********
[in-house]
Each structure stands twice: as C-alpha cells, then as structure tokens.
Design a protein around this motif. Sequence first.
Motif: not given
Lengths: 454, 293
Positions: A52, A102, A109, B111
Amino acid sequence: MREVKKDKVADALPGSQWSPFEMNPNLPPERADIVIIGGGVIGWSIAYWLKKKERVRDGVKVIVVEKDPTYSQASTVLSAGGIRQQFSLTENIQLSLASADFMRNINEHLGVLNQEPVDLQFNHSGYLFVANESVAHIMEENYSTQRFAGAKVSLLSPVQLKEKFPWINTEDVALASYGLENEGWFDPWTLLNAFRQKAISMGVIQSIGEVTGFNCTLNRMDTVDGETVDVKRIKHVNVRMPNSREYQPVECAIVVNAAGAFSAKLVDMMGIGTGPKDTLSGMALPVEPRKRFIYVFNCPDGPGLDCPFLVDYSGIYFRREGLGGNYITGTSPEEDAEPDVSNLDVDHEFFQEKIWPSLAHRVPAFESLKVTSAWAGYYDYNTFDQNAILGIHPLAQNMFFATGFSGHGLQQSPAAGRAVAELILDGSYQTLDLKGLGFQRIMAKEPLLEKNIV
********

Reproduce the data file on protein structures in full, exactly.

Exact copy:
[in-house]
Each structure stands twice: as C-alpha cells, then as structure tokens.
Design a protein around this motif. Sequence first.
Motif: not given
Lengths: 454, 293
Positions: A52, A102, A109, B111
Amino acid sequence: MREVKKDKVADALPGSQWSPFEMNPNLPPERADIVIIGGGVIGWSIAYWLKKKERVRDGVKVIVVEKDPTYSQASTVLSAGGIRQQFSLTENIQLSLASADFMRNINEHLGVLNQEPVDLQFNHSGYLFVANESVAHIMEENYSTQRFAGAKVSLLSPVQLKEKFPWINTEDVALASYGLENEGWFDPWTLLNAFRQKAISMGVIQSIGEVTGFNCTLNRMDTVDGETVDVKRIKHVNVRMPNSREYQPVECAIVVNAAGAFSAKLVDMMGIGTGPKDTLSGMALPVEPRKRFIYVFNCPDGPGLDCPFLVDYSGIYFRREGLGGNYITGTSPEEDAEPDVSNLDVDHEFFQEKIWPSLAHRVPAFESLKVTSAWAGYYDYNTFDQNAILGIHPLAQNMFFATGFSGHGLQQSPAAGRAVAELILDGSYQTLDLKGLGFQRIMAKEPLLEKNIV